On December 30, 2019, Ari Schwartz was quoted in the Wall Street Journal on the Vulnerabilities Equities Process (VEP), the federal government’s policies regarding major cybersecurity flaws discovered—often in popular consumer software—by U.S. intelligence agencies.
According to the article, in 2017, the White House released a first-of-its-kind public road map that lays out the administration’s guidelines for when the government would disclose the discovery of flaws to vendors so that they can be patched, and when to keep flaws secret in order to preserve them for use in possible future offensive actions.
The public document that outlined the VEP said that an annual report would be written “at the lowest classification level permissible and include, at a minimum, an executive summary written at an unclassified level” that may be provided to Congress. Two years later, however, no information has been made public.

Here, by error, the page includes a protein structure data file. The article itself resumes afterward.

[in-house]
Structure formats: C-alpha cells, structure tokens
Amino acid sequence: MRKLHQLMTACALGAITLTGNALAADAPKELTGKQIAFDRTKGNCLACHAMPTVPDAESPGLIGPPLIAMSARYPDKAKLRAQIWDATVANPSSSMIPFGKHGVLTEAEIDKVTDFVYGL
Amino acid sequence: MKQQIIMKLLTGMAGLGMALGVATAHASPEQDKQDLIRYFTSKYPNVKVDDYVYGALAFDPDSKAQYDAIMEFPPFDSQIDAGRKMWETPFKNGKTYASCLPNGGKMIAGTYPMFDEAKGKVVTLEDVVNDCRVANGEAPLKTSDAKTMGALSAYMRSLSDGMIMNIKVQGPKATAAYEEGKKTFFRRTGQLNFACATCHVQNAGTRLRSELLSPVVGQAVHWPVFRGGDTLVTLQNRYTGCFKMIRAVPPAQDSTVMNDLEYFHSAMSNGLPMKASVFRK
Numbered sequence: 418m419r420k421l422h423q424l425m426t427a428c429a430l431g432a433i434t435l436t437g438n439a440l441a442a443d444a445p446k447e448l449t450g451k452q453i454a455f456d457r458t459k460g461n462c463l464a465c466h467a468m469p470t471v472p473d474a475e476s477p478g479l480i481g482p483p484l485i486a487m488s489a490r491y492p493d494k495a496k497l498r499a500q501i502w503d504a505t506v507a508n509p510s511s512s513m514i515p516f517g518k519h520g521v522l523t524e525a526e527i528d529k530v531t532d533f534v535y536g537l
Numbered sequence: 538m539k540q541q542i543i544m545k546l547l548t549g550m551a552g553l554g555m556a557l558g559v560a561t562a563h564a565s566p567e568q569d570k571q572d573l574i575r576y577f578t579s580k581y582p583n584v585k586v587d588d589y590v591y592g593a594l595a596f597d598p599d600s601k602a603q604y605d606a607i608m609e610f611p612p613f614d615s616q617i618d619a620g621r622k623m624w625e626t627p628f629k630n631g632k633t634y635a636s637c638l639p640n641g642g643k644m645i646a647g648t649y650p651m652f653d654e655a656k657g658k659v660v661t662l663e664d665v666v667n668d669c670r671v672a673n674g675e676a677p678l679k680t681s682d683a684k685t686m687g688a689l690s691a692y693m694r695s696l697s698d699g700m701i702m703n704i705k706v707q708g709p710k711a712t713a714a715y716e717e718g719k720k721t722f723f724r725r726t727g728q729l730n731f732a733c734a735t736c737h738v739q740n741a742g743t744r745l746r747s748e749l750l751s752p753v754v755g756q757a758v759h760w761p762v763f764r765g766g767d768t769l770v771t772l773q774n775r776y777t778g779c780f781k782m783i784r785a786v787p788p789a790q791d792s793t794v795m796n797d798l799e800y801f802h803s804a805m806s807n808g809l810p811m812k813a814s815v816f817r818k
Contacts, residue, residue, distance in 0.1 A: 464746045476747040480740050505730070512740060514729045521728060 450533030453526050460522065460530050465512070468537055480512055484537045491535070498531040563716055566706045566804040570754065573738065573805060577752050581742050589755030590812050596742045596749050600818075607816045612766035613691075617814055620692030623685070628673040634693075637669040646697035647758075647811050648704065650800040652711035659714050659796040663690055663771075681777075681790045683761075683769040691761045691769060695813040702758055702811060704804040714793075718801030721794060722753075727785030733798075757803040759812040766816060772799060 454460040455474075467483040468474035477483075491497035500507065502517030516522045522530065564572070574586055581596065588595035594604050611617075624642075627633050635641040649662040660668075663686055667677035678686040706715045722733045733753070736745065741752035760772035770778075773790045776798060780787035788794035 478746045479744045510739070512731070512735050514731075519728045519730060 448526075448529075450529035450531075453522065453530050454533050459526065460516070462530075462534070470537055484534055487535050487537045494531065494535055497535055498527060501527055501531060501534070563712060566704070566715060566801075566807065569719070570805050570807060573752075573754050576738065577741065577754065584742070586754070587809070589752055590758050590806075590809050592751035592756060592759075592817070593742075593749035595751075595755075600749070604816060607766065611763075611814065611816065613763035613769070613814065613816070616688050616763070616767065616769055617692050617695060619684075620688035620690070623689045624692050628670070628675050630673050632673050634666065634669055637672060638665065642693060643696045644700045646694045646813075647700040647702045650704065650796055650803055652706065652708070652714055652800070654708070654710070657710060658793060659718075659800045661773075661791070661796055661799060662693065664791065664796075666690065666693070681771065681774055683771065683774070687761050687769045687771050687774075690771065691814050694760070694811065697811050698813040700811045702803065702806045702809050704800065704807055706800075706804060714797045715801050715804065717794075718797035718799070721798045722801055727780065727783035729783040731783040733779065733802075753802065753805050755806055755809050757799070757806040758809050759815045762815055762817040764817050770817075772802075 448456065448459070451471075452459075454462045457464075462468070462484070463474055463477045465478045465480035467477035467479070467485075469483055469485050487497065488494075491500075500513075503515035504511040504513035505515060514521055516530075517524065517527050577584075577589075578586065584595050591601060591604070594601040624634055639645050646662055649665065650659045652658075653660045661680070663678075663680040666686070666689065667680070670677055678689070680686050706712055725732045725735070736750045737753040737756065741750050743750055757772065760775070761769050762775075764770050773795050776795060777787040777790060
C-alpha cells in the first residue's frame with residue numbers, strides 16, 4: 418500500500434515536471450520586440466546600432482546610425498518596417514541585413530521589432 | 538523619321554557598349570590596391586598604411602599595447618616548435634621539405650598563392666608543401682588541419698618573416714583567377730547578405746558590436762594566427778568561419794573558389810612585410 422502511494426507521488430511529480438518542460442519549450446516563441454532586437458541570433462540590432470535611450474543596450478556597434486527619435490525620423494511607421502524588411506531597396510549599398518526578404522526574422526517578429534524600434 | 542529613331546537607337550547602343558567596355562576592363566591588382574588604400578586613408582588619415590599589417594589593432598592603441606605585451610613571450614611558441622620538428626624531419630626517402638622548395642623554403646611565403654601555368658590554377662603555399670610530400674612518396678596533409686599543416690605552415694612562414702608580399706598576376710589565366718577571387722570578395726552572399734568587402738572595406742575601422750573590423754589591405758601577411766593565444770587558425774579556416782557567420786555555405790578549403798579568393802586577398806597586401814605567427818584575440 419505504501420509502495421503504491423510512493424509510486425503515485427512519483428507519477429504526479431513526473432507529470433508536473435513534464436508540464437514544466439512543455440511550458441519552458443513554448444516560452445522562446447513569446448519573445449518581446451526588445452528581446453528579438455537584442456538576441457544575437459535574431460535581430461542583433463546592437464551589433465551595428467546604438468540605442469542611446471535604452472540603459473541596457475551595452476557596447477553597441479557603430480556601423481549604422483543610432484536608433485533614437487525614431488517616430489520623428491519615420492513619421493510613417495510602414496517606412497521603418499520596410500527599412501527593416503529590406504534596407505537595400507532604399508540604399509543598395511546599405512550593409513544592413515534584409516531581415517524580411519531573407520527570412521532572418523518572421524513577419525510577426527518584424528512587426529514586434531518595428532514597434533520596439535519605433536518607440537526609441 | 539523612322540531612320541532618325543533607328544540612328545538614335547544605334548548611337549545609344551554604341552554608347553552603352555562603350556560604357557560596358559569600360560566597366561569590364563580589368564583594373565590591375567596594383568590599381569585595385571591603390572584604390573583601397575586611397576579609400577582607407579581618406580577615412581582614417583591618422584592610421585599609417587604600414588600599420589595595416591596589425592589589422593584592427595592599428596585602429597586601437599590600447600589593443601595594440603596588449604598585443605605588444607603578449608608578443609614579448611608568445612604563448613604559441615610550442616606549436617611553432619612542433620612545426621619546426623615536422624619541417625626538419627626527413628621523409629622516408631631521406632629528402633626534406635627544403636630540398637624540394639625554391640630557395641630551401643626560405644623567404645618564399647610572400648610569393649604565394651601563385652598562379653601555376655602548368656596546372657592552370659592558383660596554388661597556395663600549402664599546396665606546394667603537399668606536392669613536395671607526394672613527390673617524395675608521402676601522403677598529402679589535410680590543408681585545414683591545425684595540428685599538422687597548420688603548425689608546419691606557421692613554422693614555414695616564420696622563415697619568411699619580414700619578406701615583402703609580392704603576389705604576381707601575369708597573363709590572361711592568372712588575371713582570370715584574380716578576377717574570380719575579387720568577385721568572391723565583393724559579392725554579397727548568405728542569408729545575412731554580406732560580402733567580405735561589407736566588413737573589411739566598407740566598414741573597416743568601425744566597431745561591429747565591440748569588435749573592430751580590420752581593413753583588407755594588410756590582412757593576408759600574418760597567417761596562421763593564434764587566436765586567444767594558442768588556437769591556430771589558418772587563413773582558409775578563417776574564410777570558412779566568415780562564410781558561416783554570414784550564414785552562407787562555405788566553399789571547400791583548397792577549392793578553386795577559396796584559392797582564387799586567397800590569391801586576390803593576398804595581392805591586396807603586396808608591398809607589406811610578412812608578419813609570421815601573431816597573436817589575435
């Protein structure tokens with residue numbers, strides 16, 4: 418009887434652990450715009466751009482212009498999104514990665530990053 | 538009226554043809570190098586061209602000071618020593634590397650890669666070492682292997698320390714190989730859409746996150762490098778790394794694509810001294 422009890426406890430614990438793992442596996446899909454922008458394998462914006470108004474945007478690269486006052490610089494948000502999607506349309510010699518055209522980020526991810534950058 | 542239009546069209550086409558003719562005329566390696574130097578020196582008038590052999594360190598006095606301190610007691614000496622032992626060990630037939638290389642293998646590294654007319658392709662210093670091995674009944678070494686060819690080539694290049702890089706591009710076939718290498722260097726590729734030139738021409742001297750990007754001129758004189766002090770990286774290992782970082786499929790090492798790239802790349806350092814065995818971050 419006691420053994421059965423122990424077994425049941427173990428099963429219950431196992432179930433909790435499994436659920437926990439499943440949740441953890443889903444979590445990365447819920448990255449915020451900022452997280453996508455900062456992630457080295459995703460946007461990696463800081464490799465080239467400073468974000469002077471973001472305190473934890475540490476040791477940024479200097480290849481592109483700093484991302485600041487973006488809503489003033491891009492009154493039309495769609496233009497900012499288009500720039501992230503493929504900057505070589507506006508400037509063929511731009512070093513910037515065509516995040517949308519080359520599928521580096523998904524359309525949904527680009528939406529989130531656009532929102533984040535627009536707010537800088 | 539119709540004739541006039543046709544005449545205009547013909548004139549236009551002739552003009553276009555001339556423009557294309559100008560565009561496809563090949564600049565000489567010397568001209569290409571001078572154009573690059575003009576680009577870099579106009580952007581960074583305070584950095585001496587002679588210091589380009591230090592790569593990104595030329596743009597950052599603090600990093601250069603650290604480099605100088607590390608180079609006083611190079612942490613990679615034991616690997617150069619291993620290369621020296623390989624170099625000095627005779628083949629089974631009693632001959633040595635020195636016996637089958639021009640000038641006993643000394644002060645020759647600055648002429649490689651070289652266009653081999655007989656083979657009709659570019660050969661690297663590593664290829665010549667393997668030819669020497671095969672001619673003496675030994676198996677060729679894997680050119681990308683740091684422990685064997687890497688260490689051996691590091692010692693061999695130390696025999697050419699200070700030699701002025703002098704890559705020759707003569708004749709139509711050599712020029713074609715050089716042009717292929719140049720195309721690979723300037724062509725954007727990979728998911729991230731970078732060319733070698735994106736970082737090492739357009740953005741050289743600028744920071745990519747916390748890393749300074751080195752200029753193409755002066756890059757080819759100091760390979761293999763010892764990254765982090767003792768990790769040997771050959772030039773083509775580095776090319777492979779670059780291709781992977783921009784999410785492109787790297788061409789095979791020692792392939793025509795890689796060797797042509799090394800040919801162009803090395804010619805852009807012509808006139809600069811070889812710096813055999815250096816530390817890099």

Former officials and cybersecurity policy experts have said they have been surprised by the White House’s apparent disinterest in sharing more about the process after earlier signaling a commitment to openness.
"When the VEP charter was made public, it seemed we were making progress that would put pressure on other countries to be more transparent,” said Schwartz. “The lack of any actual public data on what vulnerabilities are shared—even in the aggregate—is a major disappointment.”